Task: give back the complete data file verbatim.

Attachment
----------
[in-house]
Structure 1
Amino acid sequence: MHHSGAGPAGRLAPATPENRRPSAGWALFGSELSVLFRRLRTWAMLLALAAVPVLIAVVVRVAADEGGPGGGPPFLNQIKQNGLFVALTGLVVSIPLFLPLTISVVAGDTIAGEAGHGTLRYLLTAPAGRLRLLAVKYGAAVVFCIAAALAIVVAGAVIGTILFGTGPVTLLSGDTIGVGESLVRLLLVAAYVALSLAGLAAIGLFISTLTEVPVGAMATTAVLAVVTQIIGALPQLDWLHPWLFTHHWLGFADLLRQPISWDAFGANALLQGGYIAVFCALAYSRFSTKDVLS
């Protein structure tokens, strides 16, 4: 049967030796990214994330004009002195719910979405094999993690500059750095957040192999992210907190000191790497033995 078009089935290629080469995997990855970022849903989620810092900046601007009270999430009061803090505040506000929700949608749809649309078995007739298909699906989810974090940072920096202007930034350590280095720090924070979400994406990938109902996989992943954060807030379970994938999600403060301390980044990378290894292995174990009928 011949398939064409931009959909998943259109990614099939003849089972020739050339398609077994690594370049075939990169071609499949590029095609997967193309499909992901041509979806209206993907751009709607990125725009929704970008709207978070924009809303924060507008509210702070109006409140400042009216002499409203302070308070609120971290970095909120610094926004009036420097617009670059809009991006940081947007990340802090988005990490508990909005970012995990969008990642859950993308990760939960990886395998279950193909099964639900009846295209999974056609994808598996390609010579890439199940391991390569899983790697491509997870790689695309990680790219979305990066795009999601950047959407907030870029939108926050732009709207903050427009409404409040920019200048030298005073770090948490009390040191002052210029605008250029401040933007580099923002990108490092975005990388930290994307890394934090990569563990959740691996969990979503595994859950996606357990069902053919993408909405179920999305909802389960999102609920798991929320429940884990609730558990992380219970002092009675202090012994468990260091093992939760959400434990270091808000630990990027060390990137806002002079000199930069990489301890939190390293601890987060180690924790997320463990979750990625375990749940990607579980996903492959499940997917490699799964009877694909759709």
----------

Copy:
[in-house]
Structure 1
Amino acid sequence: MHHSGAGPAGRLAPATPENRRPSAGWALFGSELSVLFRRLRTWAMLLALAAVPVLIAVVVRVAADEGGPGGGPPFLNQIKQNGLFVALTGLVVSIPLFLPLTISVVAGDTIAGEAGHGTLRYLLTAPAGRLRLLAVKYGAAVVFCIAAALAIVVAGAVIGTILFGTGPVTLLSGDTIGVGESLVRLLLVAAYVALSLAGLAAIGLFISTLTEVPVGAMATTAVLAVVTQIIGALPQLDWLHPWLFTHHWLGFADLLRQPISWDAFGANALLQGGYIAVFCALAYSRFSTKDVLS
């Protein structure tokens, strides 16, 4: 049967030796990214994330004009002195719910979405094999993690500059750095957040192999992210907190000191790497033995 078009089935290629080469995997990855970022849903989620810092900046601007009270999430009061803090505040506000929700949608749809649309078995007739298909699906989810974090940072920096202007930034350590280095720090924070979400994406990938109902996989992943954060807030379970994938999600403060301390980044990378290894292995174990009928 011949398939064409931009959909998943259109990614099939003849089972020739050339398609077994690594370049075939990169071609499949590029095609997967193309499909992901041509979806209206993907751009709607990125725009929704970008709207978070924009809303924060507008509210702070109006409140400042009216002499409203302070308070609120971290970095909120610094926004009036420097617009670059809009991006940081947007990340802090988005990490508990909005970012995990969008990642859950993308990760939960990886395998279950193909099964639900009846295209999974056609994808598996390609010579890439199940391991390569899983790697491509997870790689695309990680790219979305990066795009999601950047959407907030870029939108926050732009709207903050427009409404409040920019200048030298005073770090948490009390040191002052210029605008250029401040933007580099923002990108490092975005990388930290994307890394934090990569563990959740691996969990979503595994859950996606357990069902053919993408909405179920999305909802389960999102609920798991929320429940884990609730558990992380219970002092009675202090012994468990260091093992939760959400434990270091808000630990990027060390990137806002002079000199930069990489301890939190390293601890987060180690924790997320463990979750990625375990749940990607579980996903492959499940997917490699799964009877694909759709």